Frequently Asked Questions> Real Estate Agent

Real Estate Agent Expenses for Taxes

What if I told you that you could turn your expenses into savings? The trick? Knowing how and which real estate agent expenses for taxes to file.

Several realtor expenses, like mileage expenses, desk fees, and office supplies, are tax-deductible, reducing the financial burden of working as statutory nonemployees.

However, simply knowing deductible expenses is not enough. You have to know how to maximize these deductions and which red flags to avoid.

With years of experience in the field and countless hours spent researching tax laws, I’ve uncovered some hidden gems that can help you maximize your deductions.

By reading this review, you’ll gain insight into common realtor expenses for taxes and practical knowledge to make the most out of your hard-earned money. So let’s dive right in!

Common Deductible Expenses

The type of deductibles agents can look forward to are hinged on their employment classification. Within the scope of tax-deductible expenses for real estate agents, five major expenses stand out.

Auto and Mileage Expenses

Let’s start with auto and mileage expenses. Agents have two options here: they can either opt for standard mileage rate deductions, which stands at 67 cents per mile for 2024 or go for actual expense deductions.

However, agents must use the standard mileage deduction in their first year of using the car for business.

To put it in perspective, an agent who drives 1,000 miles solely for business purposes could deduct $670 from their taxable income.

Marketing and Advertising Costs

Next are marketing and advertising costs. Money spent on promotional materials like flyers or online ads is also deductible. This extends to branding-related expenses, such as website maintenance and signage creation.

Office Supplies and Equipment

Office supplies and equipment represent another category of tax-deductible costs that often get overlooked despite their significance. Everything from stationery items like pens and notepads to bigger purchases such as printers or computers fall under this umbrella.

But, they only count as deductibles if they are used exclusively for business operations. If you need to buy a new laptop specifically for work, it’s a tax-deductible expense.

Desk or Home Office Expenses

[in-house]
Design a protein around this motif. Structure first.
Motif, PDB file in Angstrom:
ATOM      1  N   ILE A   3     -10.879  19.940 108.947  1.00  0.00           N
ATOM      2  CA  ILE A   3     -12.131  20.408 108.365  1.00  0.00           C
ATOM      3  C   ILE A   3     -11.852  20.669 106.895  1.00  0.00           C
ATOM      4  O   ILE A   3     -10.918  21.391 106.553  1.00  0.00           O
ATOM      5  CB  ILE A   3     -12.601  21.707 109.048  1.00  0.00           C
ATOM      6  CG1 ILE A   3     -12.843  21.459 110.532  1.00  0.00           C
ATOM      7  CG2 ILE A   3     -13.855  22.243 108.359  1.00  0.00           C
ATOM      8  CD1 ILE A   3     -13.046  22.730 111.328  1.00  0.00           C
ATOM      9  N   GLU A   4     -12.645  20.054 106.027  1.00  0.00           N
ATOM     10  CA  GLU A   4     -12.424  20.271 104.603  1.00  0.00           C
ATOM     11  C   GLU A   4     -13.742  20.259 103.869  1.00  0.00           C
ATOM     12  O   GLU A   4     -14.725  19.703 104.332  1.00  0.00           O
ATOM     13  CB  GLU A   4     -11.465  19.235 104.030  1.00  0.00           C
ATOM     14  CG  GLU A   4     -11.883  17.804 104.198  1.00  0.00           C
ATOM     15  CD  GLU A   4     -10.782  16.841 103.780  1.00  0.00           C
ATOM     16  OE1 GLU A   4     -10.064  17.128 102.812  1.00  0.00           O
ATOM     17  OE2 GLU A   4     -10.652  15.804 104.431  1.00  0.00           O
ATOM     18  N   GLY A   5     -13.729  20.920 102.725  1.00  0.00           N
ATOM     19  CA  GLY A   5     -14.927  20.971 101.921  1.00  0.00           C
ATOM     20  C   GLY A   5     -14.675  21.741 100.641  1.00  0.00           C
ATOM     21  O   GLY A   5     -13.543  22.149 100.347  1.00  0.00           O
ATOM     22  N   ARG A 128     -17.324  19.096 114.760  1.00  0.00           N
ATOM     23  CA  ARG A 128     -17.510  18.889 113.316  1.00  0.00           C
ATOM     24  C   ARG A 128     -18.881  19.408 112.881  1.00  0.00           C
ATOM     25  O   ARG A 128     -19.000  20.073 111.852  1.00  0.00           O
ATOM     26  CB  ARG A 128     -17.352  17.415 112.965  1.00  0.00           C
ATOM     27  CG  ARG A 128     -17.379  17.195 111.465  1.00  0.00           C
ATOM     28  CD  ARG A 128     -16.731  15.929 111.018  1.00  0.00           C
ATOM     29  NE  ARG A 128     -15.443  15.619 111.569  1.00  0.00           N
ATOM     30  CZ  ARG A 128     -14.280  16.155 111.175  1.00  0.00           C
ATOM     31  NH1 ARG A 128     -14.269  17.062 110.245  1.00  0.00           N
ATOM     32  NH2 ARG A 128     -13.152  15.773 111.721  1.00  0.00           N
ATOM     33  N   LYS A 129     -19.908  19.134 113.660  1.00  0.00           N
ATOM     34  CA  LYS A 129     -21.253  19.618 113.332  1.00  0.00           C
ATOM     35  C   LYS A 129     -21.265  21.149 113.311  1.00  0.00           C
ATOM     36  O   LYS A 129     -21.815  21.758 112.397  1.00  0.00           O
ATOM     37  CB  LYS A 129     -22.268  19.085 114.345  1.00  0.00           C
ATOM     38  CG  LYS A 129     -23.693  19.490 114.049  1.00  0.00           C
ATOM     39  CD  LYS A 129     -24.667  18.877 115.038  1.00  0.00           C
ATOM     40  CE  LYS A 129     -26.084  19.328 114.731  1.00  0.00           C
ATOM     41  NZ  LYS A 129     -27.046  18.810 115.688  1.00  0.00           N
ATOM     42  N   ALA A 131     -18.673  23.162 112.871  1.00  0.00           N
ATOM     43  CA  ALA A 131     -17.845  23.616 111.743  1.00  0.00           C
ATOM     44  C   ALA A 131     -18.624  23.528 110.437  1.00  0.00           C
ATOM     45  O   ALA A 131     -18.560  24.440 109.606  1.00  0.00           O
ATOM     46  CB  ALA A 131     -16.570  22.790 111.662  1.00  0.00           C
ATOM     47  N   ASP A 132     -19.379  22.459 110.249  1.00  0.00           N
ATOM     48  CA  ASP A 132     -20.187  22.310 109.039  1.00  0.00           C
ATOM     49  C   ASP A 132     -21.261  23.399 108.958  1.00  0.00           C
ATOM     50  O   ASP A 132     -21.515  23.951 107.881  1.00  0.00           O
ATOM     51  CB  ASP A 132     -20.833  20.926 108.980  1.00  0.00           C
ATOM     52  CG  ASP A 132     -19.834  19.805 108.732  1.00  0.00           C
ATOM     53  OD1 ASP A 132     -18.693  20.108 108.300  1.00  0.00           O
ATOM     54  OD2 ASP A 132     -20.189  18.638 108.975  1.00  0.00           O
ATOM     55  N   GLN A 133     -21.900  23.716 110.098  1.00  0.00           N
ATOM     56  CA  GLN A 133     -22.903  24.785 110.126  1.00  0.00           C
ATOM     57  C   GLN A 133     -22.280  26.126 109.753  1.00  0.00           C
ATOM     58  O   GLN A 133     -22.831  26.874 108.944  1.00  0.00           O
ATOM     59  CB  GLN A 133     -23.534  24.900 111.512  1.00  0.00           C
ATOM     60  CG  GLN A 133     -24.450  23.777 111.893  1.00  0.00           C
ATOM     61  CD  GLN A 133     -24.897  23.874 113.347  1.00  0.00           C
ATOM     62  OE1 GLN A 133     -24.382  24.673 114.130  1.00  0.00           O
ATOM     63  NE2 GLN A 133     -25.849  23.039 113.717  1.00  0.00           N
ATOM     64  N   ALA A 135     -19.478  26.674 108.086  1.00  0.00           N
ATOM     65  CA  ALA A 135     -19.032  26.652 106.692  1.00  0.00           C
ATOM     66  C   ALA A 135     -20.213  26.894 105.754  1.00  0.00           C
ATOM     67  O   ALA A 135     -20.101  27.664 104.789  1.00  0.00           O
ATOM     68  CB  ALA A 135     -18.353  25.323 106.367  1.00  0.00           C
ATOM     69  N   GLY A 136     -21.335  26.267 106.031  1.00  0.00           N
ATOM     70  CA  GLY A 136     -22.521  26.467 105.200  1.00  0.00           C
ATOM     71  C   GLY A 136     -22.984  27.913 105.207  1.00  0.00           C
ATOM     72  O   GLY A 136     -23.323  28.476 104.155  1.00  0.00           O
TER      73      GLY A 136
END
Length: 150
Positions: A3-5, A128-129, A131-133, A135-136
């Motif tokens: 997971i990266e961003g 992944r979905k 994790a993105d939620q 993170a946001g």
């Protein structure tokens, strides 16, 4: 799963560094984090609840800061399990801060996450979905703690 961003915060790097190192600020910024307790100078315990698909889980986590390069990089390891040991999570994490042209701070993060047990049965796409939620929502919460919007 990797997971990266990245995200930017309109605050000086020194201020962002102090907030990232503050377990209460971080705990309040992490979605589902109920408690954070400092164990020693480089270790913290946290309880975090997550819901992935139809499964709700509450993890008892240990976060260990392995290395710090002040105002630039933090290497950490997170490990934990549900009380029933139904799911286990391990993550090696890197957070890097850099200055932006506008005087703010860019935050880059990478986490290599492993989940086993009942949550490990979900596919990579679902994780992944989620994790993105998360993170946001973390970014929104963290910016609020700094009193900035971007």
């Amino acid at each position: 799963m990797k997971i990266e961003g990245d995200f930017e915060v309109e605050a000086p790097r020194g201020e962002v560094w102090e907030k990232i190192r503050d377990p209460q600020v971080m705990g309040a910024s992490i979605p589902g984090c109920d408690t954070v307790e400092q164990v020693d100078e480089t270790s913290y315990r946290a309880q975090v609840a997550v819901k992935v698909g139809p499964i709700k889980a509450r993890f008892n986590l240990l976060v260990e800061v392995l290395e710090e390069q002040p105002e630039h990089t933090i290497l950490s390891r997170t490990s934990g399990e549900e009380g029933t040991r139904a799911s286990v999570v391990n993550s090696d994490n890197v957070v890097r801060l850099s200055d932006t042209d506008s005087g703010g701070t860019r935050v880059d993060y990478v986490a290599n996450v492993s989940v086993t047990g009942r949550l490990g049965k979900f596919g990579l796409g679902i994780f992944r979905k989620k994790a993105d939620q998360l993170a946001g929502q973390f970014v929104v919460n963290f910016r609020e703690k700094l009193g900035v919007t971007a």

The office space itself has potential deductions too. If an agent uses part of their home strictly as an office space, they’re entitled to claim housing expense deductions proportional to the area used as an office within the house.

On the other hand, those working out of brokerage firms can deduct desk-related expenditures instead. But you cannot deduct both. If you choose to deduct desk fees, you will not be eligible to deduct home office expenses.

Depreciation of Assets

Asset depreciation costs refer specifically to property or equipment used over time in business operations and, due to wear and tear lose value. Think cameras purchased explicitly for listing photos!

The good news? Their depreciation over useful life can be deducted too.

Knowing how each cost translates into potential savings is the first step toward a more profitable career as a realtor. The key lies in understanding these common expenses and how they can be used to your advantage come tax season.

Maximizing Deductions

As a real estate agent, maximizing your deductible expenses can significantly reduce your taxable income and increase your overall profits. My students often look at me with disbelief when I relay to them that even referral fees are taxable. They are a form of income, after all.

I cover the referral story in an FAQ article: Can Real Estate Agents Pay Referral Fees?

Here are some strategies and best practices to help you make the most of your deductions:

Know Your Deductions

The first step to maximizing and enjoying tax deductions is to know which deductions you qualify for. Go through the list above and note every deduction that applies to you.